Thursday, 7 July 2011

Pulp at the Wireless festival: the normal world seems very very very far away

I heard Jarvis Cocker on the radio recently, on his regular 6music Sunday show, claiming to be bricking it about performing again with Pulp after such a gap. Bless him, he needn't have worried. That man was born to strut and fret his hour upon the stage. Or perhaps that anxiety turned into the energy that fuelled his stellar performance at the Wireless Festival on Sunday. I knew it was going to be great when they started with my my joint favourite Pulp song, Do you remember the first time? Oh how we jumped up and down, and sang along. Throughout the show, in fact. I've never been to a gig where so many people were singing along, completely familiar with the lyrics. I reckon it says something about the appeal of those lyrics, and they way they conjure up such familiar adolescent feelings.
Deep in the crush of the crowd it was difficult to make out the figures on the distant stage, so the massive screens on either side were a real blessing. I could easily make out Jarvis jumping and gyrating. There's something of Mick Jagger in his posture and the way he moves. He seemed entirely comfortable in the between song chats with the crowd, reminiscing about moving to London, talking about the band's early days.  I never saw Pulp back in the day, I'd hoped to see them when I went to Glastonbury in 1995, but missed their set- that's an entirely different (and quite long) story. So I don't know what the band's live musicianship was like back in the day, but certainly today they're complete masters of their instruments, whether that be Russell Senior on violin, Candida Doyle on keyboards...oh, I could go on. I didn't know Jarvis played the guitar, but he showed himself no mean strummer on Something's Changed. The intro to Sorted for Es and Whizz got a massive cheer, and the crowd didn't miss joining in with a word of this classic of the chemical generation.
From the upbeat beginning to the set, Pulp slid into the sleaziness of Hardcore and Ispy, complete with writhing and heavy breathing from Jarvis. But they picked up the tempo again to end with the classic social commentary of Common People, my other favourite. That was a superb ending, with ticker tape exploding from giant party poppers and raining down on us, lights and lasers swirling about.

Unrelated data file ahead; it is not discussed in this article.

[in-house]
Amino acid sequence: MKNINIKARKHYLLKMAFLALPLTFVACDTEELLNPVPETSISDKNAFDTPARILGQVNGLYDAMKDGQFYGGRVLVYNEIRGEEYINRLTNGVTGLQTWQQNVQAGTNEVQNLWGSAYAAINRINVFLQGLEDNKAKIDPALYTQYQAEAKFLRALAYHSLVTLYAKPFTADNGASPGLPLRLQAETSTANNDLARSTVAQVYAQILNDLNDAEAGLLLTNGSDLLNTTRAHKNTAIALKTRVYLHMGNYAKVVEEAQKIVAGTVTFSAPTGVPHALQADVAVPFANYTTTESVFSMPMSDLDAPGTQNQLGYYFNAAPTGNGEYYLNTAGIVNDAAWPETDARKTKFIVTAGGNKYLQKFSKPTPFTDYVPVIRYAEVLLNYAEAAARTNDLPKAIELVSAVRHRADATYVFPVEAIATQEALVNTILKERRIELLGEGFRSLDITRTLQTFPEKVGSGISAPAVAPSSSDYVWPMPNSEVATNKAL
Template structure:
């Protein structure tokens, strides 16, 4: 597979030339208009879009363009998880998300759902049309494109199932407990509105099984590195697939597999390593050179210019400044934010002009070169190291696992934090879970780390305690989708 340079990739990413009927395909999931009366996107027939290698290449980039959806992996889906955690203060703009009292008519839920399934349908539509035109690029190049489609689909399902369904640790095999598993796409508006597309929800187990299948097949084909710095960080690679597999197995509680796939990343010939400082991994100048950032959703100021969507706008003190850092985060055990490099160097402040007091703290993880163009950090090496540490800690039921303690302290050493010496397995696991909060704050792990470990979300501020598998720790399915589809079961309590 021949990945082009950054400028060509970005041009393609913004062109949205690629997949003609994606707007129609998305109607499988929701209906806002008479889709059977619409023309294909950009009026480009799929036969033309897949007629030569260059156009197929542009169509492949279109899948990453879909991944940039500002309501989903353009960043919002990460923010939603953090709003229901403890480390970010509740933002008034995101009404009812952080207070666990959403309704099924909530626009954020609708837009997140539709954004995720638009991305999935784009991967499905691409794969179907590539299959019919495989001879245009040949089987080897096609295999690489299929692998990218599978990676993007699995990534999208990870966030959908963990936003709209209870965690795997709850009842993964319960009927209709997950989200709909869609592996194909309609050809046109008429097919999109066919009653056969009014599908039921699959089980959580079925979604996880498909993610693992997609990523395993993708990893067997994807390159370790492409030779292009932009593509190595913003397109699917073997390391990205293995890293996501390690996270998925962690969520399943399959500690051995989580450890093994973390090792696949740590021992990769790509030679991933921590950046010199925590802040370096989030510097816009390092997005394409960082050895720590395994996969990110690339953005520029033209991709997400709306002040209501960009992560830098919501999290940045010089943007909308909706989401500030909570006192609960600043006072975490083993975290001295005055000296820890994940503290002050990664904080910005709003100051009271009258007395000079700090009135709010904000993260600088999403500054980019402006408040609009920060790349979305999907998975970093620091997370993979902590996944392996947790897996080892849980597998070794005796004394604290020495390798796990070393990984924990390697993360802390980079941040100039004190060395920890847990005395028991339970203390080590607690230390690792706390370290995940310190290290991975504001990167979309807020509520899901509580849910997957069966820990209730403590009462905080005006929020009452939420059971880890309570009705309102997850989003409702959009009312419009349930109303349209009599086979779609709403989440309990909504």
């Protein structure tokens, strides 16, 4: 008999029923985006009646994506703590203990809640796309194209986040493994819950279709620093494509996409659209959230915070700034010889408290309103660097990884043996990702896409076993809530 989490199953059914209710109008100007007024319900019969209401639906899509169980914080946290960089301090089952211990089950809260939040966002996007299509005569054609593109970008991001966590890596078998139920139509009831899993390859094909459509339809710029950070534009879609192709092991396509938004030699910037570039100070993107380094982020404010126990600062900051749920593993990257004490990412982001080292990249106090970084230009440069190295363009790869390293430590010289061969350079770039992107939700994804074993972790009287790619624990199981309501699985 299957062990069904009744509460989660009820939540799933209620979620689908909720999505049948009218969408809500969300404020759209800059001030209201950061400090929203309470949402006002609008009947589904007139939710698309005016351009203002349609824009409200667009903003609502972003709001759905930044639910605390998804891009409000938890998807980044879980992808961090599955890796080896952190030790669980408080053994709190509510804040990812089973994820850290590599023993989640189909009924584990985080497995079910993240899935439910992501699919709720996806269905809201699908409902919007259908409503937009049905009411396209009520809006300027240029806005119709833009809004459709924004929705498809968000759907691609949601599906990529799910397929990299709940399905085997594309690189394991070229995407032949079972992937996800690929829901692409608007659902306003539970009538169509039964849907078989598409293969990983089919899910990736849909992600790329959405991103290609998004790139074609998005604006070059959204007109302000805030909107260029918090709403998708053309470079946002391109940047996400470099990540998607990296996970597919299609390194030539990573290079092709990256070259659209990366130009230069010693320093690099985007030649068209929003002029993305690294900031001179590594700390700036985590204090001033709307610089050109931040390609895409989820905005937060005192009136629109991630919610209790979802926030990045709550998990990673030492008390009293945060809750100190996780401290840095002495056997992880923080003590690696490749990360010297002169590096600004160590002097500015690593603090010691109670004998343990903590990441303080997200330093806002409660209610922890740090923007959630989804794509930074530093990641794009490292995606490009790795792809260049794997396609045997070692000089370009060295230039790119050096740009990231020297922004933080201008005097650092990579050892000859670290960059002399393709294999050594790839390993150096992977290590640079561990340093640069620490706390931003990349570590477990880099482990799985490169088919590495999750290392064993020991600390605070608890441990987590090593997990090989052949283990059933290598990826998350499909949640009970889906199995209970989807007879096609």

I always swore I wouldn't go to a reunion of any band, nostalgia usually just makes me feel sad and pathetic. But I was more of a triphop girl than a Britpop one, so I don't feel that nostalgic about Pulp, despite the inherently nostalgic tone of many of their songs, with their evocation of teenage crushes, lust and partying. I've grown to love them over the last few years more than I ever did back then. I can't believe that they're only back for a few gigs. I read somewhere that Pulp wound down their work in the early noughties because they thought no one was interested in what they were doing any more. I hope that the sight (and sound) of 45 thousand folk singing every word of their songs will convince them that they were wrong about that.
Grace Jones
I read that Pulp chose all the acts that were on at Wireless this day, and I was trying to think what link there could be between such diverse acts as Grace Jones, the Hives, TV on the Radio etc. And I think it was that they're all great at putting on a show. Especially her royal Graceness, the penultimate act. She burst onto the stage in a kind of velvet bodice, over footloose fishnets, and vertiginous platform shoes . There were gasps and whistles from the crowd when she turned around to reveal her naked butt cheeks. And then there was the pole dancing...which occurred whilst she sang La Vie En Rose, in a sweet and wistful fashion. I loved her version of Roxy Music's Love is the Drug, and the excellent Slave to the Rhythm. And there was bumping and grinding a plenty during Pull up to the Bumper. It's great to see an older woman enjoying, and flaunting her sexuality, proving that lust isn't just for adolescents.
I'm not going to review all the bands, there was a lot of guitary stuff going on which I quite like, but it did get a bit samey after 6 hours (we got there early). But I'm having a musical crush on Metronomy at the moment so wanted to mention them. For those of you who haven't heard their stuff, do check them out on YouTube, especially their song The Look. I was delighted to hear them play this in their set, it's such a perfectly constructed pop song. First you get a catchy keyboard riff, then the drums and guitar take it in turns to join the tune, and finally a really strong bass line comes crashing in. This artful construction is reflected in the band itself, which is a really tight four piece, of strong musicians.
Metronomy's music feels like some of the most interesting stuff around at the moment, a blending of synths and guitars in some wonky electropop that reminds me of jazz at some points. There are influences ranging from Prince to Sparks and Kraftwerk, combined in a way that sounds like nothing else. Their fans made me chuckle though, we got right to the front for this set and the people near us seemed to be real aficionados. They were all so young: sporting that geek chic look and making those jerky, robotic dance moves that look like someone having a fit. Funny to think in 20 years or so, they'll probably be going to a Metronomy reunion gig at a festival somewhere...

1 comment:

Gayatri said...

Brilliant writing, brilliant reviews. And I'm so please you finally got to see Jarvis live!!!
Gaya x